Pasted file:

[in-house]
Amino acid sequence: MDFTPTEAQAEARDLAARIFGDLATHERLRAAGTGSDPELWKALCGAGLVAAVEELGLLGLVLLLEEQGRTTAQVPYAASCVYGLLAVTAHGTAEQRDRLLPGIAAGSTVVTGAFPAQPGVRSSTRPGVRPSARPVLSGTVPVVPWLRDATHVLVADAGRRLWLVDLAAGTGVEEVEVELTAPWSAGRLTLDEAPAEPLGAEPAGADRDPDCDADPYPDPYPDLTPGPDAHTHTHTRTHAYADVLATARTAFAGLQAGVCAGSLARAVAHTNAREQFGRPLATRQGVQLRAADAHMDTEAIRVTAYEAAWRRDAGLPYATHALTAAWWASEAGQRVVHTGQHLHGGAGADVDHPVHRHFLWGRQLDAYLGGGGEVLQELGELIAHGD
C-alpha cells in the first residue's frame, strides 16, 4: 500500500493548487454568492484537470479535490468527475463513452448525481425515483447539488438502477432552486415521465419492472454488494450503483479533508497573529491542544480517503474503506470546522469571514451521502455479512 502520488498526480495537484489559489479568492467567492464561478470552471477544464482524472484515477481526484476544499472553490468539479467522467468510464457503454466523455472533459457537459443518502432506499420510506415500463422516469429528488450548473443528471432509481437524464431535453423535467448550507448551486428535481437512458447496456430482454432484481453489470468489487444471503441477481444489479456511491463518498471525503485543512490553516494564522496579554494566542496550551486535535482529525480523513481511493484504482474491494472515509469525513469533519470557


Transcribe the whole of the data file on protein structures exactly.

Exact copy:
[in-house]
Amino acid sequence: MDFTPTEAQAEARDLAARIFGDLATHERLRAAGTGSDPELWKALCGAGLVAAVEELGLLGLVLLLEEQGRTTAQVPYAASCVYGLLAVTAHGTAEQRDRLLPGIAAGSTVVTGAFPAQPGVRSSTRPGVRPSARPVLSGTVPVVPWLRDATHVLVADAGRRLWLVDLAAGTGVEEVEVELTAPWSAGRLTLDEAPAEPLGAEPAGADRDPDCDADPYPDPYPDLTPGPDAHTHTHTRTHAYADVLATARTAFAGLQAGVCAGSLARAVAHTNAREQFGRPLATRQGVQLRAADAHMDTEAIRVTAYEAAWRRDAGLPYATHALTAAWWASEAGQRVVHTGQHLHGGAGADVDHPVHRHFLWGRQLDAYLGGGGEVLQELGELIAHGD
C-alpha cells in the first residue's frame, strides 16, 4: 500500500493548487454568492484537470479535490468527475463513452448525481425515483447539488438502477432552486415521465419492472454488494450503483479533508497573529491542544480517503474503506470546522469571514451521502455479512 502520488498526480495537484489559489479568492467567492464561478470552471477544464482524472484515477481526484476544499472553490468539479467522467468510464457503454466523455472533459457537459443518502432506499420510506415500463422516469429528488450548473443528471432509481437524464431535453423535467448550507448551486428535481437512458447496456430482454432484481453489470468489487444471503441477481444489479456511491463518498471525503485543512490553516494564522496579554494566542496550551486535535482529525480523513481511493484504482474491494472515509469525513469533519470557